So how can we start to prevent falling into these detrimental digital behaviours? First and foremost, start to limit the amount of screen time you have each day. A lot of us spend most of our working days communicating behind a screen therefore make the most of the time where you do not have to be at a screen. Get back to the basics and make time for your hobbies which involve interacting with real life. Sometimes we finish a day at work and feel fatigued and we mistake this for physical fatigue whereas it is actually mental fatigue in a lot of cases. This creates a barrier for some individuals in that physical activity is neglected. Breakthrough that barrier and utilise the time after work for yourself and your own mental and physical wellbeing. Think about what is important to you in regards to meaningful relationships and how we spend our time. In a lot of cases, television and social medias give us our dopamine hits which reinforce that sense of comfort and happiness but the reality is that they can be quite a negative coping mechanism for stress. Whilst they may well reduce stress short term, the long-term impacts of neglecting positive coping strategies such as exercise, good nutrition, good sleeping patterns, socialising and taking time out (mindfulness) will all increase your health from a holistic standpoint and go some way to warding off the digital forms of depression and dementia.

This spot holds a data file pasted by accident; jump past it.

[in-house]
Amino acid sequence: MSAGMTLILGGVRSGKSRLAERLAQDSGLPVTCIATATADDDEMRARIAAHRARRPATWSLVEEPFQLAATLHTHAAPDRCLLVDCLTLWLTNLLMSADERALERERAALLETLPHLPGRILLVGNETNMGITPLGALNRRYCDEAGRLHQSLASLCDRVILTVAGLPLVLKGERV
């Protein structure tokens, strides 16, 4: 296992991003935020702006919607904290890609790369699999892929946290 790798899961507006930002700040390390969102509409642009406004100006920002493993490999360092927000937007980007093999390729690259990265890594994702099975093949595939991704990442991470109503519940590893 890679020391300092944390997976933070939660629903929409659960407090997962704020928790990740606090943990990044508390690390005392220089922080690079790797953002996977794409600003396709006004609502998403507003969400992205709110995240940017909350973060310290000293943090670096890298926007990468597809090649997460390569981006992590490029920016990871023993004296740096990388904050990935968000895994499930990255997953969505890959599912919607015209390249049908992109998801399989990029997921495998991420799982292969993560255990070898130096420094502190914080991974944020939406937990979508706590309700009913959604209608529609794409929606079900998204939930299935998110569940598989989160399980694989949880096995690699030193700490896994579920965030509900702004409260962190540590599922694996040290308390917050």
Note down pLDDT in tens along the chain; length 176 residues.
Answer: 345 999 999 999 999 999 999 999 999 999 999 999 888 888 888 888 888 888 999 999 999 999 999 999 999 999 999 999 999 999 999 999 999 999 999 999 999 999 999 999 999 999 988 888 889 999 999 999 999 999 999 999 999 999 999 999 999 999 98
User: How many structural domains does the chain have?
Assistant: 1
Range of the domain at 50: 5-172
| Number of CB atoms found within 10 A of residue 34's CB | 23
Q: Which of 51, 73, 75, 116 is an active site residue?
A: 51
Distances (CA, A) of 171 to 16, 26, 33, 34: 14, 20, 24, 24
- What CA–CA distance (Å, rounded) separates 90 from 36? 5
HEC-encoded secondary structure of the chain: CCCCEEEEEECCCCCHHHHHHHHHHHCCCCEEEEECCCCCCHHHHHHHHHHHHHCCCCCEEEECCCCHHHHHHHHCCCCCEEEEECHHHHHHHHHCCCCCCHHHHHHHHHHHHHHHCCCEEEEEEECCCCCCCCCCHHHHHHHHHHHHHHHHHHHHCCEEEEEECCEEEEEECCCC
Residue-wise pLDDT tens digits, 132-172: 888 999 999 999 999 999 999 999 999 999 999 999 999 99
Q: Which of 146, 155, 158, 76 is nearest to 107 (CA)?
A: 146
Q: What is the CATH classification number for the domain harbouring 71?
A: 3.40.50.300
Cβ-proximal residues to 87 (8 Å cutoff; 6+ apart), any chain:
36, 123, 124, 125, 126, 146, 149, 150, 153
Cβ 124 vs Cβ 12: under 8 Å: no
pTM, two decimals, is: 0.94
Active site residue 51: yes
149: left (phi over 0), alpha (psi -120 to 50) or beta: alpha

*Emotional intelligence is the ability to perceive emotions, to access and generate emotions so as to assist thought, to understand emotions and emotional knowledge, and to reflectively regulate emotions so as to promote emotional and intellectual growth. (Goleman, 1995).